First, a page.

Ireland’s failure to recover the gigantic tax bill due from Apple sees the EU taking legal action.
Last year, the European Commission ordered Apple to pay some €13bn in taxes to Ireland as it had found the firm was a recipient of illegal State aid.
Ireland’s deadline for a decision to be made around the collection of the tax bill was 3 January and the commission said that, in the months following this, Apple has still been reaping the rewards from this illegal advantage.
EU Commission cracks down on Apple tax
Margrethe Vestager, the commissioner in charge of competition policy, said in a statement: “Ireland has to recover up to €13bn in illegal State aid from Apple. However, more than one year after the commission adopted this decision, Ireland has still not recovered the money, also not in part.
“We of course understand that recovery in certain cases may be more complex than in others, and we are always ready to assist. But member states need to make sufficient progress to restore competition. That is why we have today decided to refer Ireland to the EU court for failing to implement our decision.”
The European Commission also noted that though Ireland has made progress on calculating the precise amount owed by Apple, this work would not be finished until March 2018 at the earliest.
The Irish response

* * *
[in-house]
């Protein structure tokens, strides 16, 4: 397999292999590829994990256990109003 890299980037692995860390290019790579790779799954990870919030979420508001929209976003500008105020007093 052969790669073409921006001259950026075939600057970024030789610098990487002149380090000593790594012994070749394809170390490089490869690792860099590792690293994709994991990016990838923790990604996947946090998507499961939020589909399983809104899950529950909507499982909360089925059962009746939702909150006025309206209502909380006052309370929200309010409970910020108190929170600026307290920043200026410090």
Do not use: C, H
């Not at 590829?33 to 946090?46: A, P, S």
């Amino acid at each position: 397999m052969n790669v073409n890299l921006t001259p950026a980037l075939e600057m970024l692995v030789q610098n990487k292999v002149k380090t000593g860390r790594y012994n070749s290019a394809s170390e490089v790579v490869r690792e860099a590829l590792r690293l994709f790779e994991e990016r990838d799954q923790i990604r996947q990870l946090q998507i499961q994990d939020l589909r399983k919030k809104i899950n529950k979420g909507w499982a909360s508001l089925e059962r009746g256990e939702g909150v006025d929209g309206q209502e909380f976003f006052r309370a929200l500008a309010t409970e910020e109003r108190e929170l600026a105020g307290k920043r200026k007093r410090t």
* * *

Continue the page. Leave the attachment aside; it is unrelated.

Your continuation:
The Department of Finance responded to the statement from the Commission, saying the action taken is “wholly unnecessary”.
“We have always been clear that the Government is fully committed to ensuring that recovery of the alleged Apple State aid takes place without delay and [have] committed significant resources to ensuring this is achieved. Ireland fully respects the rule of law in the European Union. That is why it is extremely disappointing that the commission has taken action at this time against Ireland,” reads the department statement.
“Irish officials and experts have been engaged in intensive work to ensure that the State complies with all its recovery obligations as soon as possible, and have been in constant contact with the European Commission and Apple on all aspects of this process for over a year.
“It is extremely regrettable that the commission has taken this action, especially in relation to a case with such a large-scale recovery amount. Ireland has made significant progress on this complex issue and is close to the establishment of an escrow fund, in compliance with all relevant Irish constitutional and European Union law. The work on the establishment of the escrow fund to deal with the unprecedented recovery amount will continue, notwithstanding the fact that [the] Commission has taken this wholly unnecessary step.”